At some point you have to give credit where it’s due.
You can go into every NHL Awards Show with a black ball of despairing anticipation, and for good reason. The NHL has given you every possible reason to expect the worst with this show.
But for the second year in a row, it wasn’t, like, horrible.
It wasn’t good, don’t get me wrong. But whereas I spent a good 35 percent of previous awards shows groaning and begging for the sweet, cold embrace of death, now I just spend most of these shows going, “Ah, that could have been better.”
Which is improvement, but it’s still not how you want to spend a Wednesday night in late June. It was a nice night. Maybe not in Vegas, where it was over 110 degrees all day, but certainly elsewhere.
To be fair, the NHL didn’t actively screw anything up, as far as I could tell. And given the number of things that got screwed up over the past few days with the expansion plans, not-screwing-up is a big achievement.
The problem for a lot of hockey fans was that they seemed to have had the misfortune of actually wasting 150 minutes watching this show, which is not something they usually do. Typically you can get by just checking Twitter. Every reporter in the league will tell you who won, and awards vote totals hit your feed within seconds of the winner being announced. You don’t have to sit through any tortured hockey puns, either. Nice way to live your life.
But this year it seems the lure of the expansion draft was too much for people. They could have gotten all that same information on Twitter and not watched all this stuff. But oh that live TV intrigue. I get it. I don’t condone it, but I get it.
And now you all get why I keep warning you to stay away, every single year.
5 – Jacob Tremblay
Second year in a row the little fella did a phenomenal job introducing an award. First of all, he said “Masterton” correctly, twice. Normally not praise-worthy, but the voiceover announcer got it wrong just a few segments earlier, so y’know.
Plus he made a joke, also for the second year in a row, about how the Canucks suck, and this time even Mike Babcock and Gary Bettman openly laughed at it.
Is that what we need in this league? We need children to tell it like it is?
4 – It’s Connor’s league now, baby!
Ted Lindsay award: Check.
Hart Trophy: Check.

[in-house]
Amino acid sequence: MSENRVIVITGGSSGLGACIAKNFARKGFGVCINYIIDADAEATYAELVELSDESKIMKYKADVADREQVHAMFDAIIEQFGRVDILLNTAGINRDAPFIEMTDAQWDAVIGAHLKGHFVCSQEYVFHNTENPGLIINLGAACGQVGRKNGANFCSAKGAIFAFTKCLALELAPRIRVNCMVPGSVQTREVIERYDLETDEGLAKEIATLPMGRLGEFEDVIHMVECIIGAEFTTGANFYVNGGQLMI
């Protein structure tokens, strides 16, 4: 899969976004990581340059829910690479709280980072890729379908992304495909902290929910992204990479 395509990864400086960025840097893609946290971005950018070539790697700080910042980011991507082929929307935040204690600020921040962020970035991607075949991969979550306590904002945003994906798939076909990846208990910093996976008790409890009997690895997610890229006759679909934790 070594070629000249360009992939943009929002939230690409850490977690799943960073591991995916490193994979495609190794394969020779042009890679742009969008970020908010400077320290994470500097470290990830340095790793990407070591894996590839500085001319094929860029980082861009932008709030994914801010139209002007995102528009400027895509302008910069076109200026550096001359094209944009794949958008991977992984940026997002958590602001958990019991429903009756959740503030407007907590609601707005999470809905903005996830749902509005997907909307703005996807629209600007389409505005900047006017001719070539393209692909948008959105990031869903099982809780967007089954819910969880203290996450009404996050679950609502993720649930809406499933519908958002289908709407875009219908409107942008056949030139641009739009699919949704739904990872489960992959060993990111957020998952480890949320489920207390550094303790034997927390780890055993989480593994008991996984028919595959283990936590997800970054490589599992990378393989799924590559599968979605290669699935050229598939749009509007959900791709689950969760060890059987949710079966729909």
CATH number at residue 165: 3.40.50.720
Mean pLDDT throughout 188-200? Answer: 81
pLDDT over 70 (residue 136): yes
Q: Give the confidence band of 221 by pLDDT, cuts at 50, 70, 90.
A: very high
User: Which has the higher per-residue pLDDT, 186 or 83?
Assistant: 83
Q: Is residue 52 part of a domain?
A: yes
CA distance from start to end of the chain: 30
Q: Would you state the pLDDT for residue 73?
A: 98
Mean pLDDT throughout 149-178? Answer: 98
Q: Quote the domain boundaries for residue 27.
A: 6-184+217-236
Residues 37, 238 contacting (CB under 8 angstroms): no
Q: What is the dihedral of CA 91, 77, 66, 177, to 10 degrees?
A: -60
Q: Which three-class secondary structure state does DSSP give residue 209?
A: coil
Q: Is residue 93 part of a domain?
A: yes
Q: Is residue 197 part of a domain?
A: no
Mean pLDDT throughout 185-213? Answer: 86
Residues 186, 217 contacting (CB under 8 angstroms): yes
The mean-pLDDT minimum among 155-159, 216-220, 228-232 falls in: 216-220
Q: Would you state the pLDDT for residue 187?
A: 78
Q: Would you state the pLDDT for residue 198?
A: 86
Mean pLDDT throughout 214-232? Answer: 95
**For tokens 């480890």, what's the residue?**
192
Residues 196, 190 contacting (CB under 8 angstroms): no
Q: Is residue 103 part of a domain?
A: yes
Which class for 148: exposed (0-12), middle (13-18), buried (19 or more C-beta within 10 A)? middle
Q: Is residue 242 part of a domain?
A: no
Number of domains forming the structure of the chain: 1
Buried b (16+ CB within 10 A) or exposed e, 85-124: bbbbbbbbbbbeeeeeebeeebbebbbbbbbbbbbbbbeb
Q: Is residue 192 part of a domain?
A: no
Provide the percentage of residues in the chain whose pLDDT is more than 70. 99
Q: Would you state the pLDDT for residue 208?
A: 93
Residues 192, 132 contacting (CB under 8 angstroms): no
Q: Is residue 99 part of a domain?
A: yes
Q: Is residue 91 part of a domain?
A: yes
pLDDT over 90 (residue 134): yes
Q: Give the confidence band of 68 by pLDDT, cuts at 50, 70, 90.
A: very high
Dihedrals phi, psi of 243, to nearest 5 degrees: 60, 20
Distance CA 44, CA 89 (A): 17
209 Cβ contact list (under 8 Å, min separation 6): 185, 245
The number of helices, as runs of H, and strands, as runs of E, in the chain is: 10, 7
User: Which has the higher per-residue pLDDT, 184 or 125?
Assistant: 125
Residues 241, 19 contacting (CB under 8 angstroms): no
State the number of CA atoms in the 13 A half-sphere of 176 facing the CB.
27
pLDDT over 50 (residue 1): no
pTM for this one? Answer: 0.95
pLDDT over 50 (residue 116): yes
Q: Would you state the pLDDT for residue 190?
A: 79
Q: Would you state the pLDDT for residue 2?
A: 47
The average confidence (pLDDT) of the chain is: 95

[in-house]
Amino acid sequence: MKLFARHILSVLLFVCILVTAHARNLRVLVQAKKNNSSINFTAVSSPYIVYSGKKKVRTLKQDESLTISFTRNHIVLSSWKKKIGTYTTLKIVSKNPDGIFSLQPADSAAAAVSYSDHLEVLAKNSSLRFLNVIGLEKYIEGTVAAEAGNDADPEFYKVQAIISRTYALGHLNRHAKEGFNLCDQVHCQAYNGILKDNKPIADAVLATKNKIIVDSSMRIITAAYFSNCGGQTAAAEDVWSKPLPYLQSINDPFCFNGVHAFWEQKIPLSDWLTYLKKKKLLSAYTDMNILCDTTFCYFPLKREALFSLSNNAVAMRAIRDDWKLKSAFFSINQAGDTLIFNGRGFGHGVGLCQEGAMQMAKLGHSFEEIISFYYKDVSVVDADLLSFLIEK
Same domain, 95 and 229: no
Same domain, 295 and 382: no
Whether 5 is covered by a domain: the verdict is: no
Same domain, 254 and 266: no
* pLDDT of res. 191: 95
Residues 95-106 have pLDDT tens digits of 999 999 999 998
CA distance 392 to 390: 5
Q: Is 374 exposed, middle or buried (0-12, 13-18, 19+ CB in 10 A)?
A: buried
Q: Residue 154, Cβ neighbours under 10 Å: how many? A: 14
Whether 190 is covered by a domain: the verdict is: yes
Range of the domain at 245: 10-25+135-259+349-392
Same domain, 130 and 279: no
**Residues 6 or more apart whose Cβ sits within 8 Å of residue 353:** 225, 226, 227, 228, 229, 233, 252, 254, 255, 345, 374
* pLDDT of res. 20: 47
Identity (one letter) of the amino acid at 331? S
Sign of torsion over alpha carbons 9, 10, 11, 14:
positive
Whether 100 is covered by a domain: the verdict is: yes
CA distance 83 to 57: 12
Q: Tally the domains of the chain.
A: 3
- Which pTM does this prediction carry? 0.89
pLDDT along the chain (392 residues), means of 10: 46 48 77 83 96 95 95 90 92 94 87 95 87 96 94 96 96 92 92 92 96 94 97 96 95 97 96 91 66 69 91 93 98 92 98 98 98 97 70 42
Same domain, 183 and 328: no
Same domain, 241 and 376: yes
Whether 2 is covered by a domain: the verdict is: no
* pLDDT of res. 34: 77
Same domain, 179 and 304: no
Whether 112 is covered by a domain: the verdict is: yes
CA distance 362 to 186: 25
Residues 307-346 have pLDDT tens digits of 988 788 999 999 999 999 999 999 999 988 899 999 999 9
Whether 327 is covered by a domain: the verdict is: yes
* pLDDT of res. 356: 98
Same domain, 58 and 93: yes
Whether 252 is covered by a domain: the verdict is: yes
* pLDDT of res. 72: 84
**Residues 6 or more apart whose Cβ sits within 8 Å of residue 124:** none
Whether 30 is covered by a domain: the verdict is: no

NHL 18 cover: Check.
The league actually found a marketable talent and plans to market it properly? Signs and wonders.
3 – Good music for once
Apart from being known for bad comedy, bad interstitial videos, bad presentation, and bad … well, everything I guess, the NHL Awards are known for bad music. Last year it was X-Ambassadors, a band picked mostly because Sidney Crosby likes them — so he’s not perfect, it turns out — to stink up the stage. In the past it was frickin’ Nickelback.
This year I’m sure it was also… hmm it seems like it was Arkells. That’s weird. The Arkells are good. They’re not embarrassing at all. They’re, like, enjoyed by actual non-rube people. Their latest album is pretty good and everything.
When the NHL announced Arkells were playing, I assumed it was a typo. Maybe some sort of clerical error. Yeah, okay, they’re Canadian. Big checkmark in their favor there, hockey-wise. But then they played. And they were good.
Using them to open the show, introduce some NHL Top 100 players, and actually seem like they knew who the people they were introducing were? What a novel concept.
Next year: The Hold Steady. Hopefully. I have it on good authority they like hockey. Make it happen.
2 – Joe Manganiello
Hold on, folks. Hold the phone.
Not only can the musical act be good, but the host can be naturally charming and charismatic? Leads one to wonder why this wasn’t considered, say, at any point in the past several years.
Ideally the hosting thing wouldn’t lean so heavily on assuring the audience in the building and at home, “Guess what, gang: I love hockey! It’s so good to watch and I can definitely name the players.”
1 – Including the expansion draft
Having Bill Foley and George McPhee on stage to pick all the guys from the expansion draft, talk through the picks they made — explaining why they took William Carrier over someone else from Buffalo, for example — and it really helped to both give insight into the process.
Of course, Foley had the first big screw-up of the night, announcing the pick from Dallas (Cody Eakin) when he was supposed to announce the pick from Detroit (Stefan Noesek????). But whatever, they could have announced it all at once. No one would have cared.